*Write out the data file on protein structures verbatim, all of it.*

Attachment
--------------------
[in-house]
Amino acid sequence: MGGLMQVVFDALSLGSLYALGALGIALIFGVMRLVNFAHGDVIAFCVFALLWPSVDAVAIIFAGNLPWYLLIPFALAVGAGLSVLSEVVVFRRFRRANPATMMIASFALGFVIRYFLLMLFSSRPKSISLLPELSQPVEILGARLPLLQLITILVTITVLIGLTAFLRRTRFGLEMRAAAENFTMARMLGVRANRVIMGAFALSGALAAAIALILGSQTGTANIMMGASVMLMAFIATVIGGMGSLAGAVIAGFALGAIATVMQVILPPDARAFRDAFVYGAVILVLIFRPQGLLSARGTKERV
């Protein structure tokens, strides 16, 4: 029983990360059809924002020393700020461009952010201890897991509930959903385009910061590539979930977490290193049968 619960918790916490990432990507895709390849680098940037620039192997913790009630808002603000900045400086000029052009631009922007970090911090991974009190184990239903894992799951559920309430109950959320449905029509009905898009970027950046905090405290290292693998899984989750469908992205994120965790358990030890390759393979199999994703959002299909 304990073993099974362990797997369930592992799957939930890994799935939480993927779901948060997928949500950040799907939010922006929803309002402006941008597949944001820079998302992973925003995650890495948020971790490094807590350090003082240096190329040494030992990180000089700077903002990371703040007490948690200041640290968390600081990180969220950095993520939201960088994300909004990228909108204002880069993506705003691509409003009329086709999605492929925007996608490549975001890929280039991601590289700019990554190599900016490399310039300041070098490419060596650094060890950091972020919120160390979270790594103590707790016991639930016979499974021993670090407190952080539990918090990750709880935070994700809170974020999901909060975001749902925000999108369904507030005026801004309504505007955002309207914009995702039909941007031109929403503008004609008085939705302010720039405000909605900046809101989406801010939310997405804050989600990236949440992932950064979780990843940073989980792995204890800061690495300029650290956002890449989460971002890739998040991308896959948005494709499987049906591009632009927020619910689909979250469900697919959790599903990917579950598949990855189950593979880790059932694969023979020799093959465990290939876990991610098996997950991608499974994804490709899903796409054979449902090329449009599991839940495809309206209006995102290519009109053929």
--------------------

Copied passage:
[in-house]
Amino acid sequence: MGGLMQVVFDALSLGSLYALGALGIALIFGVMRLVNFAHGDVIAFCVFALLWPSVDAVAIIFAGNLPWYLLIPFALAVGAGLSVLSEVVVFRRFRRANPATMMIASFALGFVIRYFLLMLFSSRPKSISLLPELSQPVEILGARLPLLQLITILVTITVLIGLTAFLRRTRFGLEMRAAAENFTMARMLGVRANRVIMGAFALSGALAAAIALILGSQTGTANIMMGASVMLMAFIATVIGGMGSLAGAVIAGFALGAIATVMQVILPPDARAFRDAFVYGAVILVLIFRPQGLLSARGTKERV
């Protein structure tokens, strides 16, 4: 029983990360059809924002020393700020461009952010201890897991509930959903385009910061590539979930977490290193049968 619960918790916490990432990507895709390849680098940037620039192997913790009630808002603000900045400086000029052009631009922007970090911090991974009190184990239903894992799951559920309430109950959320449905029509009905898009970027950046905090405290290292693998899984989750469908992205994120965790358990030890390759393979199999994703959002299909 304990073993099974362990797997369930592992799957939930890994799935939480993927779901948060997928949500950040799907939010922006929803309002402006941008597949944001820079998302992973925003995650890495948020971790490094807590350090003082240096190329040494030992990180000089700077903002990371703040007490948690200041640290968390600081990180969220950095993520939201960088994300909004990228909108204002880069993506705003691509409003009329086709999605492929925007996608490549975001890929280039991601590289700019990554190599900016490399310039300041070098490419060596650094060890950091972020919120160390979270790594103590707790016991639930016979499974021993670090407190952080539990918090990750709880935070994700809170974020999901909060975001749902925000999108369904507030005026801004309504505007955002309207914009995702039909941007031109929403503008004609008085939705302010720039405000909605900046809101989406801010939310997405804050989600990236949440992932950064979780990843940073989980792995204890800061690495300029650290956002890449989460971002890739998040991308896959948005494709499987049906591009632009927020619910689909979250469900697919959790599903990917579950598949990855189950593979880790059932694969023979020799093959465990290939876990991610098996997950991608499974994804490709899903796409054979449902090329449009599991839940495809309206209006995102290519009109053929």